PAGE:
Nearly 30 percent of Democratic college students favor banning MAGA hats on campus, according to a new College Fix poll.
The online poll asked 1,000 Democratic and Democratic-leaning college students: Do you favor or oppose your campus banning MAGA (“Make America Great Again”) hats?
Overall, 12 percent responded they strongly favor it, and 15 percent favor it, for a total of 27 percent in favor of banning MAGA hats from their campus.
Conversely, 39 percent responded they oppose banning the hats, and 34 percent strongly oppose banning them. In other words, 73 percent of Democratic and Democratic-leaning college students oppose banning MAGA hats from their campus.
When looking at the respondents by political affiliation, among students who identify as “strong Democrat,” 16 percent said they strongly favor banning the hats from campus, and 15 percent favor it. On the flip side, 42 percent oppose banning them, and 27 percent strongly oppose it.
As for students who identify as “weak Democrat,” 11 percent said they strongly favor banning the hats and 16 percent favor doing so. But 37 percent said they oppose banning the hats, and 36 percent strongly oppose it.
Among independent students who lean Democrat, similar results emerged: 8 percent strongly favor and 15 percent favor it, while 37 percent oppose it and 40 percent strongly oppose it.
The poll was conducted in mid-September exclusively for The College Fix by College Pulse, an online survey and analytics company focused on college students.
The poll was sought in light of the fact that “Make America Great Again” hats have caused controversies on campuses, and are often accused of being symbols of racism or white supremacy.
Jeffrey Omari, a visiting assistant professor in the Center for Civil and Human Rights at Gonzaga University School of Law, wrote an op-ed in July stating that a student who wore a Make America Great Again hat in his classroom “was like a siren spewing derogatory racial obscenities at me.”
Another professor has argued that wearing a red Make America Great Again hat will one day be seen as akin to wearing a “Ku Klux Klan hood or robe.” And earlier this year, a California high school told a student she cannot wear her “Make America Great” hat to school as it may make other students feel “unsafe.”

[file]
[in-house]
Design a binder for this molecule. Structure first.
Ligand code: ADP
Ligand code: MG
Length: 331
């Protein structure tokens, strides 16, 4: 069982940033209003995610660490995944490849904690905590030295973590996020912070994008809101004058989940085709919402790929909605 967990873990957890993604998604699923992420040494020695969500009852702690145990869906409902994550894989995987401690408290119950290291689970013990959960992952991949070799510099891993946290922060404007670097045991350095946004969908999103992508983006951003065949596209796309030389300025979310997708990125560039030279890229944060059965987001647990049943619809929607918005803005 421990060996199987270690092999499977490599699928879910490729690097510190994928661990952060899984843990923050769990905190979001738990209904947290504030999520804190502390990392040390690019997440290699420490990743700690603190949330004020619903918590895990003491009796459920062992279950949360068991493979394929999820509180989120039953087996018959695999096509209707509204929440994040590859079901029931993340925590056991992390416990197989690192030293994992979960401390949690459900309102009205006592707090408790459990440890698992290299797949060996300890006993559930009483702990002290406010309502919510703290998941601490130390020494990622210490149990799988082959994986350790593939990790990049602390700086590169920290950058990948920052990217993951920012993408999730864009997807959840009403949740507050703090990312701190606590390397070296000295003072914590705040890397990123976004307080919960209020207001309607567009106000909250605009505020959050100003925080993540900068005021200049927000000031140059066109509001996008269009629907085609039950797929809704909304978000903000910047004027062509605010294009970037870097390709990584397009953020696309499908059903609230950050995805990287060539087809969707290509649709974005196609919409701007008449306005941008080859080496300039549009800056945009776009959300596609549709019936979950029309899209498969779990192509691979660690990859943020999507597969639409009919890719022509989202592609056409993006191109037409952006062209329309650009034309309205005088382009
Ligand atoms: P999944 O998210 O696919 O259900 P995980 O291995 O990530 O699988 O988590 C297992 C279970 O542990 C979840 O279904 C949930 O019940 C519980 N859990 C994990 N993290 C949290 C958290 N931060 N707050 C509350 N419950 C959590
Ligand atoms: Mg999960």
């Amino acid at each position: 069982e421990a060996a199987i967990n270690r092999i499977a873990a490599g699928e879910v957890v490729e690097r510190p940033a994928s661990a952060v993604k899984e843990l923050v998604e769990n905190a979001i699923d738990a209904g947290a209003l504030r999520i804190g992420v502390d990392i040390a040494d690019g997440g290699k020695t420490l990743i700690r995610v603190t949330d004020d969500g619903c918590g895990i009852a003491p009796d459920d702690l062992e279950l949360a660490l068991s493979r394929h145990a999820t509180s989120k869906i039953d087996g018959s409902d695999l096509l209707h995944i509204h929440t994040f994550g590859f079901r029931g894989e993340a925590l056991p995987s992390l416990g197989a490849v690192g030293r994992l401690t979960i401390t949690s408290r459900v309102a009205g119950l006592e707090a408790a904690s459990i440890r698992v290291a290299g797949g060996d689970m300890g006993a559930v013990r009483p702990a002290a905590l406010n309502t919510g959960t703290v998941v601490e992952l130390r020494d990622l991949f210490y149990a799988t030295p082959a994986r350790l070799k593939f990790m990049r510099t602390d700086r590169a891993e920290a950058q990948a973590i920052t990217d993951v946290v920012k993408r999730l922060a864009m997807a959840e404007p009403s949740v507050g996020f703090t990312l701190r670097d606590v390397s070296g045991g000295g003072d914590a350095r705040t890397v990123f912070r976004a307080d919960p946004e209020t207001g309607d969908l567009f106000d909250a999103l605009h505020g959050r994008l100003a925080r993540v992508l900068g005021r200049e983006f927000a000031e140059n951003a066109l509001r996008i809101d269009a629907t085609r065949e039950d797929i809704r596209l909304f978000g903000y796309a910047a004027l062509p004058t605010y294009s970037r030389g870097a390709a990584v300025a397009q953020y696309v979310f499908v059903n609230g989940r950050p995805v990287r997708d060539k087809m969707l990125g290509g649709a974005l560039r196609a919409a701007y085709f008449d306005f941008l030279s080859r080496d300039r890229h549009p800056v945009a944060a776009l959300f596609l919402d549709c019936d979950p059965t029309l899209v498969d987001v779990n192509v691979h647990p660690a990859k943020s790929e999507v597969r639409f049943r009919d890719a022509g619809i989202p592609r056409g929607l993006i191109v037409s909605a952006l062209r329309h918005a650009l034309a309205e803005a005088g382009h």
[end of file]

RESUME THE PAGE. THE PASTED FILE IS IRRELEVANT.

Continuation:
Over the Fourth of July, a student at the University of Florida was attacked near campus for wearing his MAGA hat out and about.
But in the comments section of the survey, where students have the option to weigh in on the poll question, most students who did so stated that while they do not like President Donald Trump, they do not agree that the MAGA hats should be banned from campus.
• Western Kentucky University: I would love to never see one again, but strongly oppose. Censorship is not the answer.
• Missouri State: As much as I hate Trump it’s a freedom of speech.
• UC Riverside: Banning MAGA hats is stupid. What’s more stupid? Wearing one.
• Bossier Parish Community College: I’m definitely not a Trump supporter at all, but you can’t ban a phrase (especially a non-crude and harmless phrase). That’s 100% against the freedom of speech.
• Clemson: Of course they shouldn’t be banned. Trump supporters don’t wear them much anymore — which says a lot [about] how confident they are about Trump!
Other comments made jokes about it, such as a student from UT Dallas who wrote “How will we know who not to date?” and another from Kansas State who said: “Let them wear the hats so I know who to stay away from.” A third from UNC asked: “How else am I going to identify the assholes?”
The College Fix asked Matthew Vitale — who as an undergrad at UC Riverside had his MAGA hat ripped off his head by one of his peers, who said at the time “f*ck your freedom of speech, boy” — to weigh in on the poll results.
He said he is not surprised by the outcome, and “if anything, I would’ve expected the numbers to be higher.”
“Democrats have been the party of groupthink and ideological discrimination for years now. Nowhere is that more true than on college campuses, which often bear more resemblance to Orwell’s Oceania than Reagan’s shining city on a hill,” Vitale told The College Fix. “Today’s young Democrats are more concerned with their feelings than the Constitution.”
About the poll: The initial sample was drawn from College Pulse’s Undergraduate Student Panel that includes over 240,000 verified students representing more than 800 different colleges and universities in all 50 states. Panel members are recruited by a number of methods to help ensure diversity in the panel population, including web advertising, permission-based email campaigns, and partnerships with university organizations.
The margin of error for this survey is ±3.5%. Margins of error are typically calculated on probability-based samples and are not technically correct for nonprobability online samples. We supply them here to provide a general assessment of error ranges that may be associated with the data.
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